the name 'angie' is a form of the greek name 'angela,' which means heavenly messenger, or an angel.  a search for 'angie' on dictionary.com results:

Angie, LA (village, FIPS 2165)
Location: 30.96395 N, 89.81581 W
Population (1990): 235 (111 housing units)
Area: 3.9 sq km (land), 0.0 sq km (water)
Zip code(s): 70426
i'd like to pay a visit one day.

dictionary.com gave no entries for 'tung'. however, m-w.com had this:

tung tree [n]: any of several trees (genus Aleurites) of the spurge family whose seeds yield tung oil; especially : an Asian tree (A. fordii) widely grown in warm regions;
for 'yan', both dictionary.com and m-w.com offered suggestions but no entries, except under 'acronym definition@amazon.com' (found using dictionary.com), where 'yan' has this result:
YAN - Yancey Railroad Company
nice to know, if i ever want to visit angie, LA.

'chi' proved to be the most informative. aside from being a part of the greek alphabet, 'chi' also has the following definitions:
chi [n]: air, spirit, energy of life; The vital force believed in Taoism and other Chinese thought to be inherent in all things. The unimpeded circulation of chi and a balance of its negative and positive forms in the body are held to be essential to good health in traditional Chinese medicine.
and also, from 'acronym definition@amazon.com', this list:

CHI Cambridge Healthtech Institute
CHI Centre for Health Informatics (UK)
CHI Champlin Oil and Refining Company
CHI Chicago, Illinois, USA (Chi town)
CHI Chinese Language/Langue Chinois
CHI Church Handbook of Instructions (Mormon Church)
CHI Claim History Inquiry (insurance)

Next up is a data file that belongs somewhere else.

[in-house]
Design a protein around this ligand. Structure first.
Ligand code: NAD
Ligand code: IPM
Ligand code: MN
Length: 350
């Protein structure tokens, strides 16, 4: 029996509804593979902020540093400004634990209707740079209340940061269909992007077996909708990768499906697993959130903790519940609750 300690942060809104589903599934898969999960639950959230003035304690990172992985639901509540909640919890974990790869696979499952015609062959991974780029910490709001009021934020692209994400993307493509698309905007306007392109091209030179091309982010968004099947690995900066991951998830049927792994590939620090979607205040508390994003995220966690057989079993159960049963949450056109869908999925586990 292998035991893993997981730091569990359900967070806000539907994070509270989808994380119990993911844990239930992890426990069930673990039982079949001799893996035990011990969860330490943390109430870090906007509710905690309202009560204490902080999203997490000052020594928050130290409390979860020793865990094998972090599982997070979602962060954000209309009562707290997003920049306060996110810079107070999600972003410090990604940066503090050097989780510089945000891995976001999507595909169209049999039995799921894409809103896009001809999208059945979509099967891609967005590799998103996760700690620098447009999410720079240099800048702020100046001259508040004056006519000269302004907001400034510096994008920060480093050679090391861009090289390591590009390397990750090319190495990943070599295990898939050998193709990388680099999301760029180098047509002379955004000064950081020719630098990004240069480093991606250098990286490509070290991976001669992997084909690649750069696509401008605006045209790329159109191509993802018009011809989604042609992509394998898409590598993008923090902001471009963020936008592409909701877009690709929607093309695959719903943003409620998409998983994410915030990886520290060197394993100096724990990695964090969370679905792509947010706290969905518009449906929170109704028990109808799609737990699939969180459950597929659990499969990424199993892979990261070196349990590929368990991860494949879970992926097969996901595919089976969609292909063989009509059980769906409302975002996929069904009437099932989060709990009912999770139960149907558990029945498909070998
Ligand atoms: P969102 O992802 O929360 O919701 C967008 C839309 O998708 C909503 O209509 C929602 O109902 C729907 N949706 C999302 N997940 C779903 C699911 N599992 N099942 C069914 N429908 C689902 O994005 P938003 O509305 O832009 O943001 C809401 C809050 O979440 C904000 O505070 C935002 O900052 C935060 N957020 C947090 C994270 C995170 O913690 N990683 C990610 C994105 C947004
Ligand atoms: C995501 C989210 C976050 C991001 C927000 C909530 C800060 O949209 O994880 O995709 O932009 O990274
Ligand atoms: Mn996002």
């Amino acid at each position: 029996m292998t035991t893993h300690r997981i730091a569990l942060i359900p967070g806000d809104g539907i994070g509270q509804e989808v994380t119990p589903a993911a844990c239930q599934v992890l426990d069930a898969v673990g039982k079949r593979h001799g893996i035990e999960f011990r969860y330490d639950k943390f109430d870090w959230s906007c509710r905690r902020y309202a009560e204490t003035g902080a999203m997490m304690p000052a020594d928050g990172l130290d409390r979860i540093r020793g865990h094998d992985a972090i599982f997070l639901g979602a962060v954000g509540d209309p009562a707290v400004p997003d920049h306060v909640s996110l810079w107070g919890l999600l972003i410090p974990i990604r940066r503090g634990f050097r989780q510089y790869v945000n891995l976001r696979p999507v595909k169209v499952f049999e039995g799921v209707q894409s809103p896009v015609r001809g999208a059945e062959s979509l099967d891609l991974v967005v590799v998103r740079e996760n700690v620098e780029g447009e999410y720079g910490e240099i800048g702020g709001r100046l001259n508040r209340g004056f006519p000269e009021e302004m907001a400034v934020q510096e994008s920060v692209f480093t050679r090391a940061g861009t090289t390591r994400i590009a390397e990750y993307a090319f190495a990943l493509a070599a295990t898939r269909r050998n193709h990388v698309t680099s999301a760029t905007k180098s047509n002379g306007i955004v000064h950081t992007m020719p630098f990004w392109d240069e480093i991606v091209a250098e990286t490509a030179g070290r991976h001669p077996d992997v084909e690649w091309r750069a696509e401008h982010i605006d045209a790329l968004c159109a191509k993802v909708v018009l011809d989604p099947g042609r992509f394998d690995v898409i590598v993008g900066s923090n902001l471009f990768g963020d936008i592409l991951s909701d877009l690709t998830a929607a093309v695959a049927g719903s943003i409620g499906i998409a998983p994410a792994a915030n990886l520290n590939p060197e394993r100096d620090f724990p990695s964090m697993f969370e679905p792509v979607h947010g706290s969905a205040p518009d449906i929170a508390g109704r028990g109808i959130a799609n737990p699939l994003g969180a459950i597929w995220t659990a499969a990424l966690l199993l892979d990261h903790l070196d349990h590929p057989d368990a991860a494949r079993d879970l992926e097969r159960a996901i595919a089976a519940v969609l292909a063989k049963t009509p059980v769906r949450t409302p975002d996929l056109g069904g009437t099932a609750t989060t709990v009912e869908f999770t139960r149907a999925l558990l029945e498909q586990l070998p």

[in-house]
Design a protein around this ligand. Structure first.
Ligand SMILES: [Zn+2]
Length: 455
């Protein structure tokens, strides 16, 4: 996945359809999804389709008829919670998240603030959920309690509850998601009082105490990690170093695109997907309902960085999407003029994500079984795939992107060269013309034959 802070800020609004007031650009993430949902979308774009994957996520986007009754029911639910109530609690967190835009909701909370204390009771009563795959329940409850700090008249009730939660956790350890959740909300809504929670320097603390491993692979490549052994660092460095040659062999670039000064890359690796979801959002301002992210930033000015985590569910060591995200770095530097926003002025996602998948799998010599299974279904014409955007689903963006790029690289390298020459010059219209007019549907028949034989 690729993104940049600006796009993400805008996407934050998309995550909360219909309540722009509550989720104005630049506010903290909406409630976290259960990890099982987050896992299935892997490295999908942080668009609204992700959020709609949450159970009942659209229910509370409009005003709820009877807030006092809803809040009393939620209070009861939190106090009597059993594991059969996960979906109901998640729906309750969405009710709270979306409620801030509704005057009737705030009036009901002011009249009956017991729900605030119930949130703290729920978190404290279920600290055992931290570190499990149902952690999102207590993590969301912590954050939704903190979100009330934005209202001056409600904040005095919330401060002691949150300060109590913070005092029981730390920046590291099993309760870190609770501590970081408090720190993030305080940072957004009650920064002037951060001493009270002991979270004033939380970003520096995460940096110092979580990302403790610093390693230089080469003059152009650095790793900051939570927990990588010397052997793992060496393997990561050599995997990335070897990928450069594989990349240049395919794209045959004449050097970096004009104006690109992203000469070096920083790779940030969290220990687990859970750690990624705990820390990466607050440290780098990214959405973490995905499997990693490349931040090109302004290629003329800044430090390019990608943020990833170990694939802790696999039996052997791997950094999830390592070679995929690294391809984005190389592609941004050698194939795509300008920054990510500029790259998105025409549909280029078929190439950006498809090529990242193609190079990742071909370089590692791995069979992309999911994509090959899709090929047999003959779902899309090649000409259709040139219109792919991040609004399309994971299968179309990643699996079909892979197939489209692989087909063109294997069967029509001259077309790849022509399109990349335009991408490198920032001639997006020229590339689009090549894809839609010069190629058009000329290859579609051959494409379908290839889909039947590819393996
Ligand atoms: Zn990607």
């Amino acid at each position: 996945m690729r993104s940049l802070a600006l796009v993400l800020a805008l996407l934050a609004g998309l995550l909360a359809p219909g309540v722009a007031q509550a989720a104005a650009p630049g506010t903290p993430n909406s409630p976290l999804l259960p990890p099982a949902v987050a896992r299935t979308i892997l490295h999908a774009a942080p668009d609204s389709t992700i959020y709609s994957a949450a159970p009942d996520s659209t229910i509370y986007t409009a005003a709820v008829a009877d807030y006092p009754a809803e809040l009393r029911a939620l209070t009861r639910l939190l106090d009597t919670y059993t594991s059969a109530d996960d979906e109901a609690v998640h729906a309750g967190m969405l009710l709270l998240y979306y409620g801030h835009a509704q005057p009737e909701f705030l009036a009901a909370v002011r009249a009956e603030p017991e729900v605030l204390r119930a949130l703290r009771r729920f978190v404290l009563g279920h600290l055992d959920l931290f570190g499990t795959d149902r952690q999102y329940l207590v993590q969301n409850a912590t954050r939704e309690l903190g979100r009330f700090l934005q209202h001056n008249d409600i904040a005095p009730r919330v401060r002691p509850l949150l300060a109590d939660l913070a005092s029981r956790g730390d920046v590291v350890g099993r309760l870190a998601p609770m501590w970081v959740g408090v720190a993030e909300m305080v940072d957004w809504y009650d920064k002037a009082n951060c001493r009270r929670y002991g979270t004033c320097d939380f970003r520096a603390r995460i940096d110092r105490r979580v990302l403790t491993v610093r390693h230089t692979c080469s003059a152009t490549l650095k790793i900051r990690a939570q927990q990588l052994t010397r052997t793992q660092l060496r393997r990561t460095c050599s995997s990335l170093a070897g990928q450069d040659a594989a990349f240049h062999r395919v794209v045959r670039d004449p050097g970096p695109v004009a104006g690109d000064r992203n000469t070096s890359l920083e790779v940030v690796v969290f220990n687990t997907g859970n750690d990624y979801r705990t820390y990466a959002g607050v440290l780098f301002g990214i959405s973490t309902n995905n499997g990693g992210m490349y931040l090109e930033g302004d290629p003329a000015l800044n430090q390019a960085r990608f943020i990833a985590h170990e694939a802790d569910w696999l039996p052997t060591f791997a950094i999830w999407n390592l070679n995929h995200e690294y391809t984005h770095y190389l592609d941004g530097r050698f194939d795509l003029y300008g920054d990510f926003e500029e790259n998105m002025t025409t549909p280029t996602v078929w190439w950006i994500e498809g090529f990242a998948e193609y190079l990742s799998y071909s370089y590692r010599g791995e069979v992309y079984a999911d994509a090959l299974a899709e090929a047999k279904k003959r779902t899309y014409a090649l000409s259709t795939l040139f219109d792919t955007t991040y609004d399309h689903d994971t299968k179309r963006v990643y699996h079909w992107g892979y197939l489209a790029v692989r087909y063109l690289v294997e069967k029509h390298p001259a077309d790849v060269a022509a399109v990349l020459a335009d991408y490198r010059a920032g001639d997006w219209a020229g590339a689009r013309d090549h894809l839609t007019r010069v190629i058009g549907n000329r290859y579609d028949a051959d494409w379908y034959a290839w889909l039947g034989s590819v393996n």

CHI Commission for Health Improvement (UK government organization)
CHI Computer-Human Interface
CHI Consumer Health Informatics
CHI Consumer Health Information
CHI Cultural Homestay International

from this list i pulled out one entry which doesn't quite belong:

CHI Champlin Oil and Refining Company

if you have an answer as to why 'champlin oil and refining company' has the acronym of 'CHI', please send me an email.


often i get asked if i know the meaning of the name 'yan-chi'. since many characters in mandarin are pronounced the same and written differently, i needed to find the correct characters and then define them one at a time. according to the chinese character dictionary,

tung - 1. [n] child; minor; virgin;  2. [adj] bare; barren (land, etc.);  3. [n] a Chinese family name
 yan - [n] the wild goose
 chi - 1. [n] a kind of jade; 2. [n] same as $; 3. [adj] outstanding; extraordinary; distinguished; admirable

which brings me to my conclusion: the name means 'a bare virgin, which is a type of jade that could be used as currency, that is like an outstanding, extraordinary, distinguished, and admirable wild goose.'
well. what do you think it means?


so, getting back to the original point, 'yangie' was simply a combination of my translated name and the english name i chose for myself:

(yanchi - chi) + (angie - an) = yan + gie = yangie

now you know. and knowing is half the battle.